Since players are taking turns, there’s a good chance that someone will knock your high-scoring die off the board. So the game can get quite competitive. There’s a lot of opportunity to develop skill. But there’s enough chance (despite my desire to maintain the illusion, I don’t think it’s really possible to determine what face of the die will show up at the end of a roll) to keep things interesting, even for the poor-of-aim.

The turns are very short, and a whole round can take only a few minutes. So everyone stays involved even when there are four players. And as soon as one round is over, and all the points are scored, people are ready and eager to play again. It’s a perfect family game. For children who are still learning to add and multiply, it even has some educational value – not enough to spoil the fun, just enough to make their parents willing to let them play, too. If the multiplication is too hard, instead of multiplying you can just add extra points for dice that reach the scoring levels. Because of the skill required, and the competitiveness, adults can get intensely engaged. Because of the luck factor, anyone who can flick/slide/roll a die has a reasonable chance of winning. And, if you have some perverse need to make it even more challenging, you can try removing some or all of the pegs on the bottom two levels. I tried. I put them back.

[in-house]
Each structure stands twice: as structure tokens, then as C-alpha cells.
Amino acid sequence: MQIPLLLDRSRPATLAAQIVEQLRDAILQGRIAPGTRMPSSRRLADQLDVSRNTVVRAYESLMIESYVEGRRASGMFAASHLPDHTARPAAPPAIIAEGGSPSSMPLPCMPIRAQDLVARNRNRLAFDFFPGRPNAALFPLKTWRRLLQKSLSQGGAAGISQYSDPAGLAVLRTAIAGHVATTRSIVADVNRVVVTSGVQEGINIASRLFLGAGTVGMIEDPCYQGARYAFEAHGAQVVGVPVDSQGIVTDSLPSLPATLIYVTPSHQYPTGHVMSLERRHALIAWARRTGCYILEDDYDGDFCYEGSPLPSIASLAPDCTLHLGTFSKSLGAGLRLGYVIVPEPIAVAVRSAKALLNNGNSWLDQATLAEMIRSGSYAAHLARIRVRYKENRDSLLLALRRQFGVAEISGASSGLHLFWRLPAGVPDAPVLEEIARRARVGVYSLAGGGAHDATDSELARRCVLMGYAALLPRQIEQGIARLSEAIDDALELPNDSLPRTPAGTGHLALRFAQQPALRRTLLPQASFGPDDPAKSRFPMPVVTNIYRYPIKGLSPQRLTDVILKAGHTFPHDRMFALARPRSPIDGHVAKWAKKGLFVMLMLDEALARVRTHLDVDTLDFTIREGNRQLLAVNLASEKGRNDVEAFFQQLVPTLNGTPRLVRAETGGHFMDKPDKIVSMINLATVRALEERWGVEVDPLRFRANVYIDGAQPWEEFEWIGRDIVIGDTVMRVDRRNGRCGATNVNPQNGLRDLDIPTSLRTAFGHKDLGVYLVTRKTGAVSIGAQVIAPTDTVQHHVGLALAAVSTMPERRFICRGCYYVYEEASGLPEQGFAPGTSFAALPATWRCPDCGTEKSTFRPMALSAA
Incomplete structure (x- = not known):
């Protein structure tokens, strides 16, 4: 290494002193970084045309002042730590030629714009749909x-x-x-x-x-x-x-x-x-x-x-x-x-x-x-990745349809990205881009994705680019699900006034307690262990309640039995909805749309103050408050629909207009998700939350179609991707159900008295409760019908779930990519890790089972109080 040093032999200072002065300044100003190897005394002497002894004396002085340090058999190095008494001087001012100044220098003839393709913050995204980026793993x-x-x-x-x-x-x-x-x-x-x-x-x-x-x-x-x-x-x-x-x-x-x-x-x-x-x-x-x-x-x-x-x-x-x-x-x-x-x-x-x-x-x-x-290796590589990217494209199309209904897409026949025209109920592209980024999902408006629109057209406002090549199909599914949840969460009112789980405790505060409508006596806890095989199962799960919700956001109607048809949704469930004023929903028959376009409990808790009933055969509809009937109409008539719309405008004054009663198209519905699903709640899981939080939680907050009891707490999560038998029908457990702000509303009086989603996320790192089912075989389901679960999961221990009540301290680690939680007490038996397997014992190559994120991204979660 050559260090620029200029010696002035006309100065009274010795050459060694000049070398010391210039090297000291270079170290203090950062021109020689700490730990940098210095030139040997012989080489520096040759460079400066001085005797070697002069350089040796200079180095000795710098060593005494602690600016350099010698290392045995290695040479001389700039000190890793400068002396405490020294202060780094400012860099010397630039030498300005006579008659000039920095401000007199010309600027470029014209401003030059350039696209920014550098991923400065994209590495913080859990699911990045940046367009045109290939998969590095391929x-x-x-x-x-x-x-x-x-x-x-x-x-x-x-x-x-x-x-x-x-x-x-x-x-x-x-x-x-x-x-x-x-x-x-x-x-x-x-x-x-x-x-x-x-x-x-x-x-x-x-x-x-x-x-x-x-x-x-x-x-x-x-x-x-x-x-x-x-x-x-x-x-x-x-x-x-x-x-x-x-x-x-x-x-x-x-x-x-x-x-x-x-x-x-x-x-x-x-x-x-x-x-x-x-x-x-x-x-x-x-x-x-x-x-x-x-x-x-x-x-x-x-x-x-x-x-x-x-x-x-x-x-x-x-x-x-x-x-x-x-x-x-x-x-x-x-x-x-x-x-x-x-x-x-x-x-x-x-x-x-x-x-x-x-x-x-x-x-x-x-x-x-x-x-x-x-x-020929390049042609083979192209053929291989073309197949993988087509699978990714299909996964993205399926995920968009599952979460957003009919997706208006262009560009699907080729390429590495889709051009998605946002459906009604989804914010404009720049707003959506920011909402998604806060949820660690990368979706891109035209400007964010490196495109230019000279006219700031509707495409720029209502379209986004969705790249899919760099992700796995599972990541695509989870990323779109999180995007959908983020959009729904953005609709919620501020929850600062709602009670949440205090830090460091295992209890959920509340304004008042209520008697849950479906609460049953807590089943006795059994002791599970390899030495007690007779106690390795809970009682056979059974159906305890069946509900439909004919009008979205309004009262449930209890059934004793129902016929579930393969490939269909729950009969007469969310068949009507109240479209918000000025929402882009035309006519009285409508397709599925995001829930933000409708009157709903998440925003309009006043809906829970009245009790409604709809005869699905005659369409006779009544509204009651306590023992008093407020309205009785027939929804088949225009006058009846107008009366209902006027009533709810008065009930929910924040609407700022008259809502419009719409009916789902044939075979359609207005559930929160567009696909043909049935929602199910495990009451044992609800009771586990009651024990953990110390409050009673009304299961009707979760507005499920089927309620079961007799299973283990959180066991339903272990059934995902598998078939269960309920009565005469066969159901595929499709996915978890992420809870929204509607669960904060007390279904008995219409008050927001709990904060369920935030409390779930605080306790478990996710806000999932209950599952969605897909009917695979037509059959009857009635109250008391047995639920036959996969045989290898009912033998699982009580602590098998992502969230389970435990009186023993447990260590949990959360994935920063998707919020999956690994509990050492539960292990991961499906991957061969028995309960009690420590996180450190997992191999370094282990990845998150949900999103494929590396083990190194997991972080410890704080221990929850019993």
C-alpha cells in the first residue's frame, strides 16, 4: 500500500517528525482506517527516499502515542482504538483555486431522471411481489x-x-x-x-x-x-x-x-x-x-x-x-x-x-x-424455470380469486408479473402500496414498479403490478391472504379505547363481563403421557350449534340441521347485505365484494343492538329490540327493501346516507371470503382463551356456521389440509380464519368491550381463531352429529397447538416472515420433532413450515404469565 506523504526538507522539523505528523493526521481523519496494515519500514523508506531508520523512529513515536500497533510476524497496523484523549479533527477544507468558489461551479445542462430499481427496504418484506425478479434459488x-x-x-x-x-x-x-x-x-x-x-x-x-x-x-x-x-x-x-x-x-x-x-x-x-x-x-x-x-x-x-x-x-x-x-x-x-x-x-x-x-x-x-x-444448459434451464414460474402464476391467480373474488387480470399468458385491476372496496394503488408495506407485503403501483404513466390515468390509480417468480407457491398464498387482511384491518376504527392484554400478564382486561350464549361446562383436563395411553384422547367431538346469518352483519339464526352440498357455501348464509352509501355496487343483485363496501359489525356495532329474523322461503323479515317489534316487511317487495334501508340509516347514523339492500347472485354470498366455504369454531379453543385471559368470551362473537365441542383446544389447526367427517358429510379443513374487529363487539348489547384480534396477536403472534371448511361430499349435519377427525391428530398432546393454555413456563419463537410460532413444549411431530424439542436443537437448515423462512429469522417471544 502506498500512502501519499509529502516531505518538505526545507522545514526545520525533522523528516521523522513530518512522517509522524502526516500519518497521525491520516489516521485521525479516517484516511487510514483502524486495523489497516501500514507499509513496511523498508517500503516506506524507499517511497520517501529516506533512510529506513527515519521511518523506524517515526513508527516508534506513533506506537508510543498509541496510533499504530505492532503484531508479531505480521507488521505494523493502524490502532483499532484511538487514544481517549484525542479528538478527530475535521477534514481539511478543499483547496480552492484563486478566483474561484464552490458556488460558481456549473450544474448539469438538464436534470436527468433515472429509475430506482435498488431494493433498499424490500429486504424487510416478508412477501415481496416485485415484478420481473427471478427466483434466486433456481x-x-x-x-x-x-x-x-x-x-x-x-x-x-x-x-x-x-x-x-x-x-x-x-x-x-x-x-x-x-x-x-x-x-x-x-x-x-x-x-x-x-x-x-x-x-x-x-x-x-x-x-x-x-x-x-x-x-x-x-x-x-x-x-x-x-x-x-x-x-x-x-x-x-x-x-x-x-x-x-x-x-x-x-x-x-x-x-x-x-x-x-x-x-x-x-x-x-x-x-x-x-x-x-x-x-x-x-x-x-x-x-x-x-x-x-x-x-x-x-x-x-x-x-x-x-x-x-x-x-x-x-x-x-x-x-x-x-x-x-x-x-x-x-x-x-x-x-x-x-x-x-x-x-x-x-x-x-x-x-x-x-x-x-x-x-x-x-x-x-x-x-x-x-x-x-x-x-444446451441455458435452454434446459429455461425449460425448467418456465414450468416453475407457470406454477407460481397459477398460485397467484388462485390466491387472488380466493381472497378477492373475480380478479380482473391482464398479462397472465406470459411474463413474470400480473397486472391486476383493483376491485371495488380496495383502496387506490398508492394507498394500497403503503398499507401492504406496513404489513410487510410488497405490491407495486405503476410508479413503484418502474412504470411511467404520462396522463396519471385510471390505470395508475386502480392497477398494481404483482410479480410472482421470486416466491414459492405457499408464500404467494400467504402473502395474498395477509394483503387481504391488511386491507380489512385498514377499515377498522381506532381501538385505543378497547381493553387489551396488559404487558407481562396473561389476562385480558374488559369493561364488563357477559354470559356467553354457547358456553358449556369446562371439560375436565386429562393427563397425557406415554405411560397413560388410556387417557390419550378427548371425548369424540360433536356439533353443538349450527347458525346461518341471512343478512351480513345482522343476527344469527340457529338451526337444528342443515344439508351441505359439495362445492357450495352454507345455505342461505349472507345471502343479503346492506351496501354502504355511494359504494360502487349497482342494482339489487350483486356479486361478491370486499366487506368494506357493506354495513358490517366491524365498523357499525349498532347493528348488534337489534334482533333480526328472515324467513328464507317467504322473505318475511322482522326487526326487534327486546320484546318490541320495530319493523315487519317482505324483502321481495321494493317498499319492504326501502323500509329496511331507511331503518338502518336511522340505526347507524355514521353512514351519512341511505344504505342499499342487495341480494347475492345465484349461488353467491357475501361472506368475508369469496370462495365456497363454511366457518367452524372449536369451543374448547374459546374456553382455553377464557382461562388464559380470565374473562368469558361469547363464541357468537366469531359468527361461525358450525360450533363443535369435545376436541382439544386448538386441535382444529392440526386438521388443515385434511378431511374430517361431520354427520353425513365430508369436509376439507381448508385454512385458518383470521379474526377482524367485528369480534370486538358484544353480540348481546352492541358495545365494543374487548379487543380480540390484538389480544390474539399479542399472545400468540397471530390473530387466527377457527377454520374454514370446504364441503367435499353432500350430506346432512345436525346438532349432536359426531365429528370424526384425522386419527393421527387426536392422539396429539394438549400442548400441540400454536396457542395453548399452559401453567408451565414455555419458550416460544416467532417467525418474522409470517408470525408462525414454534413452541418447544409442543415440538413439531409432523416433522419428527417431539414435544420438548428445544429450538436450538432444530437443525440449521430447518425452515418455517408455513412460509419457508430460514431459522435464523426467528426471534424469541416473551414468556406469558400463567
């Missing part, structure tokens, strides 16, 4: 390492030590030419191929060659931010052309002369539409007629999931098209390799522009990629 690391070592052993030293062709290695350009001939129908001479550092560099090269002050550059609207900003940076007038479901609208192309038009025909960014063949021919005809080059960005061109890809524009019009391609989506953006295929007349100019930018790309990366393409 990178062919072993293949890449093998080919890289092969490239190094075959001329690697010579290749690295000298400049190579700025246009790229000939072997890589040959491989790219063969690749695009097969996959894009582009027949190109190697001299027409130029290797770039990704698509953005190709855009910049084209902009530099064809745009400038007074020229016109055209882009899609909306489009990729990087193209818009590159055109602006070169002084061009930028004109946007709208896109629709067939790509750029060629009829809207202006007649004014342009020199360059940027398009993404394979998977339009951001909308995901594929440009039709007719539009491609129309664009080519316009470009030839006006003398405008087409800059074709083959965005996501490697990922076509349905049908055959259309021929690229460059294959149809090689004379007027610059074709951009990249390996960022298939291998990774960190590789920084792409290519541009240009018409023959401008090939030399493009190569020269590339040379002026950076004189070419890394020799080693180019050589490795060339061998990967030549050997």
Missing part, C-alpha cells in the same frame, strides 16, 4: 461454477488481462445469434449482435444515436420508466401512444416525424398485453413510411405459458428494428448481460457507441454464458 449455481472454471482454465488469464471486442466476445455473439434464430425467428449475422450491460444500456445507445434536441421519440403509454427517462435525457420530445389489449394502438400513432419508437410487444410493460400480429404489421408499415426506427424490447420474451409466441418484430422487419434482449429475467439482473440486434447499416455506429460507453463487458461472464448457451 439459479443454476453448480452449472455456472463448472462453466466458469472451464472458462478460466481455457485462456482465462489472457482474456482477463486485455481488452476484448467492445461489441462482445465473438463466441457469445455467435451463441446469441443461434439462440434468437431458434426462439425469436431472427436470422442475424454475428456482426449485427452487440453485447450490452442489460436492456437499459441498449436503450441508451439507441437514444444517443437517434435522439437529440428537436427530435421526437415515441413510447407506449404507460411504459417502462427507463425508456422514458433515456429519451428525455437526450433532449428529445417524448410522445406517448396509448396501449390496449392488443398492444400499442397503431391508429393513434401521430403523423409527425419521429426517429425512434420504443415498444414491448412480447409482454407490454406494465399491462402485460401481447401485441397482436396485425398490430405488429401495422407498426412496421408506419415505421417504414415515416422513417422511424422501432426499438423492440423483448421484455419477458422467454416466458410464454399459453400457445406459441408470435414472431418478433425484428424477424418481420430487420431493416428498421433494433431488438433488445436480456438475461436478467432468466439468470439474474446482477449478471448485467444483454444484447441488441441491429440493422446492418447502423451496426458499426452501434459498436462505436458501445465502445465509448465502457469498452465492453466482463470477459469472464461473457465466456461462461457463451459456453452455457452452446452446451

Tumbln’ dice is a big game. Some assembly is required. But it’s easy and takes maybe 90 seconds the first time. And just as easily disassembled and snuggled back into its box, in maybe 45. Of course, somebody who hasn’t played it yet will probably come over shortly after you’ve finally put it away, and you’ll find yourself gleefully putting it back together again.

Tumblin’ Dice is an investment in long-lasting, generation-spanning fun. The payoff is Major FUN.

Ring-o Flamingo

Filed Under (Dexterity, Family Games, Keeper, Kids Games) by Bernie DeKoven on 24-08-2009

Ring-O Flamingo, a.k.a. “The Frantic Fling-a-Ring Game,” is, as advertised, a game that is at least as much about ring-flinging as it is about being frantic.

Each player gets one of 4 plastic “lifeboats” each of a different color, each containing a set of 12 flat, flexible, plastic, lifesaver-like rings of a matching color. The rings are placed, one at a time, edgewise in a slot in the front of the lifeboat. To fling the ring, you aim your lifeboat, slot a ring, bend the ring towards you just exactly as much as you think necessary and then release it.

Your goal, should you be goal-oriented, is for your ring to land, quoit-like, around any of the 7 plastic flamingos (yes, plastic flamingos), and not around either of the two plastic alligators.

The flamingos and alligators fit into slots in the thick game board. Turned 90-degrees, they stand firmly enough to resist and staunchly deflect any inaccurately flung rings. The board is thick enough to withstand repeated reassembly.

Ringing an alligator is a bad thing to do and makes you lose two points. You get 2 points for each of your rings that is first to ring a flamingo, and one point for each of your subsequent flamingo-ringing ring.